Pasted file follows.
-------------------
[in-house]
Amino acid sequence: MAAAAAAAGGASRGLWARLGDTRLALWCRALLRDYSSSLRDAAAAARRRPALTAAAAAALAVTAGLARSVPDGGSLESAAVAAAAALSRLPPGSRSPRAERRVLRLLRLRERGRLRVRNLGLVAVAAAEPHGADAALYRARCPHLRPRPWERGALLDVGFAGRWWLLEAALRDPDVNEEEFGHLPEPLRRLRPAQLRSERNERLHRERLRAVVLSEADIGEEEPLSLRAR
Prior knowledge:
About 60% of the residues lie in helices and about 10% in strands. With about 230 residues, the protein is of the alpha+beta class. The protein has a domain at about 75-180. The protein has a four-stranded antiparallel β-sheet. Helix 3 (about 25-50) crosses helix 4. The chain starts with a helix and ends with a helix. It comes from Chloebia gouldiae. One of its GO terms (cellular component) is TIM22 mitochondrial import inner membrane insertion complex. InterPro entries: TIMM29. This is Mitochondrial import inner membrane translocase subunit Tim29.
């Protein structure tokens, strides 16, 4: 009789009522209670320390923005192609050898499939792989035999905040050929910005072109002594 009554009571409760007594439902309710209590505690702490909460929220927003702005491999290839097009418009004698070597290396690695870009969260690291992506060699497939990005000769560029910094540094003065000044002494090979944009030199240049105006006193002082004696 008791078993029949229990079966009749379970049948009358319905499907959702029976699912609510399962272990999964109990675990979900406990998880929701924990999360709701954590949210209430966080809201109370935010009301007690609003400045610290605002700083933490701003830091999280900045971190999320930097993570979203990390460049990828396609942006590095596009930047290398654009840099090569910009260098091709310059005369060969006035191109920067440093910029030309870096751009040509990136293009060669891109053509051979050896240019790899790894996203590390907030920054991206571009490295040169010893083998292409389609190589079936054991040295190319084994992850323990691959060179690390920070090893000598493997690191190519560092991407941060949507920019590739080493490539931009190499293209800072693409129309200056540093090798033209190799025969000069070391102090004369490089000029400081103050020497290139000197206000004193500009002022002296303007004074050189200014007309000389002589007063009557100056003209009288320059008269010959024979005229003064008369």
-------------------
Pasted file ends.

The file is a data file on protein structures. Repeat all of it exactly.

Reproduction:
[in-house]
Amino acid sequence: MAAAAAAAGGASRGLWARLGDTRLALWCRALLRDYSSSLRDAAAAARRRPALTAAAAAALAVTAGLARSVPDGGSLESAAVAAAAALSRLPPGSRSPRAERRVLRLLRLRERGRLRVRNLGLVAVAAAEPHGADAALYRARCPHLRPRPWERGALLDVGFAGRWWLLEAALRDPDVNEEEFGHLPEPLRRLRPAQLRSERNERLHRERLRAVVLSEADIGEEEPLSLRAR
Prior knowledge:
About 60% of the residues lie in helices and about 10% in strands. With about 230 residues, the protein is of the alpha+beta class. The protein has a domain at about 75-180. The protein has a four-stranded antiparallel β-sheet. Helix 3 (about 25-50) crosses helix 4. The chain starts with a helix and ends with a helix. It comes from Chloebia gouldiae. One of its GO terms (cellular component) is TIM22 mitochondrial import inner membrane insertion complex. InterPro entries: TIMM29. This is Mitochondrial import inner membrane translocase subunit Tim29.
């Protein structure tokens, strides 16, 4: 009789009522209670320390923005192609050898499939792989035999905040050929910005072109002594 009554009571409760007594439902309710209590505690702490909460929220927003702005491999290839097009418009004698070597290396690695870009969260690291992506060699497939990005000769560029910094540094003065000044002494090979944009030199240049105006006193002082004696 008791078993029949229990079966009749379970049948009358319905499907959702029976699912609510399962272990999964109990675990979900406990998880929701924990999360709701954590949210209430966080809201109370935010009301007690609003400045610290605002700083933490701003830091999280900045971190999320930097993570979203990390460049990828396609942006590095596009930047290398654009840099090569910009260098091709310059005369060969006035191109920067440093910029030309870096751009040509990136293009060669891109053509051979050896240019790899790894996203590390907030920054991206571009490295040169010893083998292409389609190589079936054991040295190319084994992850323990691959060179690390920070090893000598493997690191190519560092991407941060949507920019590739080493490539931009190499293209800072693409129309200056540093090798033209190799025969000069070391102090004369490089000029400081103050020497290139000197206000004193500009002022002296303007004074050189200014007309000389002589007063009557100056003209009288320059008269010959024979005229003064008369």